and jobs, the roads, the bridges, the power grids, has crumbled. The
optimism that defines us as a people has been beaten and bruised. It
doesn`t have to be this way" -- close quote.

She tells the story of one woman she met at a campaign event when she
was running who had walked two miles -- walked -- just to see her. The
woman was unemployed and wondered if she would ever work again. She told
Warren -- quote -- "I`m here because I`m running out of hope."

So, what hope is there for Elizabeth Warren and the Democratic Party?
What are they offering that woman and many others?

Senator Elizabeth Warren joins us right now.

Senator Warren, thank you. Senator Warren, thank you so much.
Congratulations on your book.

SEN. ELIZABETH WARREN (D), MASSACHUSETTS: Thank you.

MATTHEWS: "A Fighting Chance" is a wonderful title and a wonderful
sentiment.

And my questions to you come down to the most kitchen table economics
you could imagine, not the big questions of Wall Street or the
macroeconomics, but the simple question.

What can and could or will the Democratic Party do, since it is the
party that wants to do it, to create real jobs for people, so that the
families up in Scranton in Pennsylvania don`t see their kids all running
away hopelessly trying to find a job somewhere, that the black kid growing
up in North Philly in the old Irish neighborhood where I grew up has a job
prospect he can see coming when he`s in his early teens, he has an uncle
who is working, so he knows what kind of a job he would like to get?

To restore the hope of a meaningful family-building employment that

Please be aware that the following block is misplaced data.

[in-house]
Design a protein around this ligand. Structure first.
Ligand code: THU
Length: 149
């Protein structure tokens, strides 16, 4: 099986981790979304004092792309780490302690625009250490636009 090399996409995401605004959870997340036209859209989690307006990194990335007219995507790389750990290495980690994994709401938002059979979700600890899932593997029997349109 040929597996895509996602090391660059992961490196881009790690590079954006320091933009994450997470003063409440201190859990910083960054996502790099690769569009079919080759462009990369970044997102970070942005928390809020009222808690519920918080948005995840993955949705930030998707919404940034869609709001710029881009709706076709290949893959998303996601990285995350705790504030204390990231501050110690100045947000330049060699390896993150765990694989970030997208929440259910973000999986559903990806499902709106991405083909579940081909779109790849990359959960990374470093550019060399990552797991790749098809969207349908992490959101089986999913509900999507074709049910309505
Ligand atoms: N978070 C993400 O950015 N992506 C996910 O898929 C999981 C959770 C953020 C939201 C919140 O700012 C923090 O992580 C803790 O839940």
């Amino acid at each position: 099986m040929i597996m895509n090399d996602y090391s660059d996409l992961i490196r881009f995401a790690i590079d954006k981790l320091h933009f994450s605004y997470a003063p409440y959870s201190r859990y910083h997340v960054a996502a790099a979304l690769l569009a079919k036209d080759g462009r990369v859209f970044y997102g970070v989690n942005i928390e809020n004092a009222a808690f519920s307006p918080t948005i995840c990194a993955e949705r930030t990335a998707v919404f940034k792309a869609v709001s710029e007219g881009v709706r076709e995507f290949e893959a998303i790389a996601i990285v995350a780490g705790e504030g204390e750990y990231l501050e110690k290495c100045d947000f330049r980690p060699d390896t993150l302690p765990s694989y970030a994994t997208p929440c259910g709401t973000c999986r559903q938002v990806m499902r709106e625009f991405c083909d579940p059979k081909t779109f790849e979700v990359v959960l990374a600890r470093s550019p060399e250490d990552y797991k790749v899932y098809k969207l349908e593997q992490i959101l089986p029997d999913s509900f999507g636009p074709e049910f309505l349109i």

seems to be gone in so much of the country, how do you bring it back?

WARREN: Well, you know, this isn`t magic. We actually know how to do
this.

We did this for nearly half-a-century, coming out of the Great
Depression, until about 1980. We made the investments together that helped
build opportunity for all of us.

You know, I will start with education. We made those investments in
education, one of the things I talk about in the book. I went to a
commuter college that cost $50 a semester. And, you know, it opened a
million doors for me. How could I go to a school that cost $50 a semester?
Because I grew up in an America that said we collectively, all of us, are
going to make those investments in education, so that any kid who works
hard, who`s playing by the rules, who tries to get out there and make
something of herself is going to have a fighting chance to make that
happen.

And we did something else. We made the investments together that
helped build a robust economy. You know, every time we talk about roads
and bridges, when we talk about power grids, it`s really about setting the
table, so that small businesses can start, so that business can grow, so
they can flourish, so they can create jobs here at home.

There is a reason we make those investments. It makes it easier. It
makes it -- it makes more profitable to invest in having those jobs here in
America.